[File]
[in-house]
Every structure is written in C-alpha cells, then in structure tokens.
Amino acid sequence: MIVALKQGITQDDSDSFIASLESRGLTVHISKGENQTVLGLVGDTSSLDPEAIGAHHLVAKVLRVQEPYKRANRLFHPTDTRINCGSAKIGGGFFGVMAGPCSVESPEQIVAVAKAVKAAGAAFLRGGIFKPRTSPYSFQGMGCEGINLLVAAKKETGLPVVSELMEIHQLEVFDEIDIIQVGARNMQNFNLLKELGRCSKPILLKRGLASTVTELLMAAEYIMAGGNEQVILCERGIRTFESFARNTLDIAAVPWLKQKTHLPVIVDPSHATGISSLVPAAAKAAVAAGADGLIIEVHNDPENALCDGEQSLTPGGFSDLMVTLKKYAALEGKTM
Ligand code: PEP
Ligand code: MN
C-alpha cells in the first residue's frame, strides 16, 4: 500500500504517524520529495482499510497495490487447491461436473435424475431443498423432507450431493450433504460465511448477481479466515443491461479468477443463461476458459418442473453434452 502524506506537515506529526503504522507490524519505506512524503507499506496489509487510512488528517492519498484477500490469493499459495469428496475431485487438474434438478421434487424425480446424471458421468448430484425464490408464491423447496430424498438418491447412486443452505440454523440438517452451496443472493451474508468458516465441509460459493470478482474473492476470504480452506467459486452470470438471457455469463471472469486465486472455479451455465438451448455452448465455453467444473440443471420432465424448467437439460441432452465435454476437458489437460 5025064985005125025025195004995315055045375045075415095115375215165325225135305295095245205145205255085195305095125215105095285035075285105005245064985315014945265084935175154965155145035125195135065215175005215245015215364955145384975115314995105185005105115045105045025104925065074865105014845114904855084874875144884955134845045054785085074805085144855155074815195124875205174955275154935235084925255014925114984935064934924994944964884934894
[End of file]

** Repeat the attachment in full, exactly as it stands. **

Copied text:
[in-house]
Every structure is written in C-alpha cells, then in structure tokens.
Amino acid sequence: MIVALKQGITQDDSDSFIASLESRGLTVHISKGENQTVLGLVGDTSSLDPEAIGAHHLVAKVLRVQEPYKRANRLFHPTDTRINCGSAKIGGGFFGVMAGPCSVESPEQIVAVAKAVKAAGAAFLRGGIFKPRTSPYSFQGMGCEGINLLVAAKKETGLPVVSELMEIHQLEVFDEIDIIQVGARNMQNFNLLKELGRCSKPILLKRGLASTVTELLMAAEYIMAGGNEQVILCERGIRTFESFARNTLDIAAVPWLKQKTHLPVIVDPSHATGISSLVPAAAKAAVAAGADGLIIEVHNDPENALCDGEQSLTPGGFSDLMVTLKKYAALEGKTM
Ligand code: PEP
Ligand code: MN
C-alpha cells in the first residue's frame, strides 16, 4: 500500500504517524520529495482499510497495490487447491461436473435424475431443498423432507450431493450433504460465511448477481479466515443491461479468477443463461476458459418442473453434452 502524506506537515506529526503504522507490524519505506512524503507499506496489509487510512488528517492519498484477500490469493499459495469428496475431485487438474434438478421434487424425480446424471458421468448430484425464490408464491423447496430424498438418491447412486443452505440454523440438517452451496443472493451474508468458516465441509460459493470478482474473492476470504480452506467459486452470470438471457455469463471472469486465486472455479451455465438451448455452448465455453467444473440443471420432465424448467437439460441432452465435454476437458489437460 5025064985005125025025195004995315055045375045075415095115375215165325225135305295095245205145205255085195305095125215105095285035075285105005245064985315014945265084935175154965155145035125195135065215175005215245015215364955145384975115314995105185005105115045105045025104925065074865105014845114904855084874875144884955134845045054785085074805085144855155074815195124875205174955275154935235084925255014925114984935064934924994944964884934894